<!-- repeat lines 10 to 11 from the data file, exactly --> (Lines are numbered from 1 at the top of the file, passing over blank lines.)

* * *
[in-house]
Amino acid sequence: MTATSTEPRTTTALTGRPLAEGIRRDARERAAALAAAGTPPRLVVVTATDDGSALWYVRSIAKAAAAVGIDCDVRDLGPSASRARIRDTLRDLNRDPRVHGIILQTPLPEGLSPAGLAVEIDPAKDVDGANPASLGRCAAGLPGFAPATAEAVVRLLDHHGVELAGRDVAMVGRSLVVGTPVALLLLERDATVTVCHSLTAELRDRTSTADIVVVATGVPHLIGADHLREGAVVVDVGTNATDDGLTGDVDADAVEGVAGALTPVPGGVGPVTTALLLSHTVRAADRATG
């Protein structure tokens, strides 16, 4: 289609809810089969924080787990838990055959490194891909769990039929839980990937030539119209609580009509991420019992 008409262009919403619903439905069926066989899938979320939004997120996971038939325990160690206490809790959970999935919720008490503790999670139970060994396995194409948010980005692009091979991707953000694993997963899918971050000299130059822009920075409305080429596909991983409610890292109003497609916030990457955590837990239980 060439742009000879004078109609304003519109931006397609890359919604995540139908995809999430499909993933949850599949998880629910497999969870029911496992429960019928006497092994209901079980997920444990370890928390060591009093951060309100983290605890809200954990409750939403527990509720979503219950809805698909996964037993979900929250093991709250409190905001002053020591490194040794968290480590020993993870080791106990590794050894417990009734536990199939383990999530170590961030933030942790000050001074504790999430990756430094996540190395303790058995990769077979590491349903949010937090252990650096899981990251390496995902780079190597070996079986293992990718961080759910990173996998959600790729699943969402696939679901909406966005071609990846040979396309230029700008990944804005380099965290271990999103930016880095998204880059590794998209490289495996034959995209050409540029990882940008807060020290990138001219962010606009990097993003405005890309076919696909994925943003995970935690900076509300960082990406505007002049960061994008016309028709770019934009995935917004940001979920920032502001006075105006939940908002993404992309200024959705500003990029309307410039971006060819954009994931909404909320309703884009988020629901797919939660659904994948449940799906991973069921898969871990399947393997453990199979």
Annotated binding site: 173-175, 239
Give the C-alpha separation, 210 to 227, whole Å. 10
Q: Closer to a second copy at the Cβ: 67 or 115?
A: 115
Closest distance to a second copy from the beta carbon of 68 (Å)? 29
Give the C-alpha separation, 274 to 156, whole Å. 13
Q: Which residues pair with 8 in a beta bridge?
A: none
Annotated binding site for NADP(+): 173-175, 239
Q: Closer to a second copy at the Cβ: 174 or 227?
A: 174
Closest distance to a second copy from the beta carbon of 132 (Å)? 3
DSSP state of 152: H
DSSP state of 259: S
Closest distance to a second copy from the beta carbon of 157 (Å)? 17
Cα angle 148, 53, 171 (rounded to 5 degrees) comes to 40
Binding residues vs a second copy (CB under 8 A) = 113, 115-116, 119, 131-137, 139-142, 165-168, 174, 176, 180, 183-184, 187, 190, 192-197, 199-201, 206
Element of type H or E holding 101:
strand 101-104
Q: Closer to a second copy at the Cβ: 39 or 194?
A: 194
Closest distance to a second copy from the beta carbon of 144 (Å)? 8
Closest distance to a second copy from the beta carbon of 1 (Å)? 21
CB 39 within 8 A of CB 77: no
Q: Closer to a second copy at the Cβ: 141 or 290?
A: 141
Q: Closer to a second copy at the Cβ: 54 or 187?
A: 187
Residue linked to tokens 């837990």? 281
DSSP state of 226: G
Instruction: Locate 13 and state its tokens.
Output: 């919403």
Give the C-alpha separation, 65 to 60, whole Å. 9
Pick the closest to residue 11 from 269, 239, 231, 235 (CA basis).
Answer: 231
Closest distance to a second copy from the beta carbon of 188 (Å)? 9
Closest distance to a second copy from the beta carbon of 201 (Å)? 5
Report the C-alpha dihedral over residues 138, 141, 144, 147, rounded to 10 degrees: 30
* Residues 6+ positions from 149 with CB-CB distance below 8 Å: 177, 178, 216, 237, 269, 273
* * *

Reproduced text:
Q: Which residues pair with 8 in a beta bridge?
A: none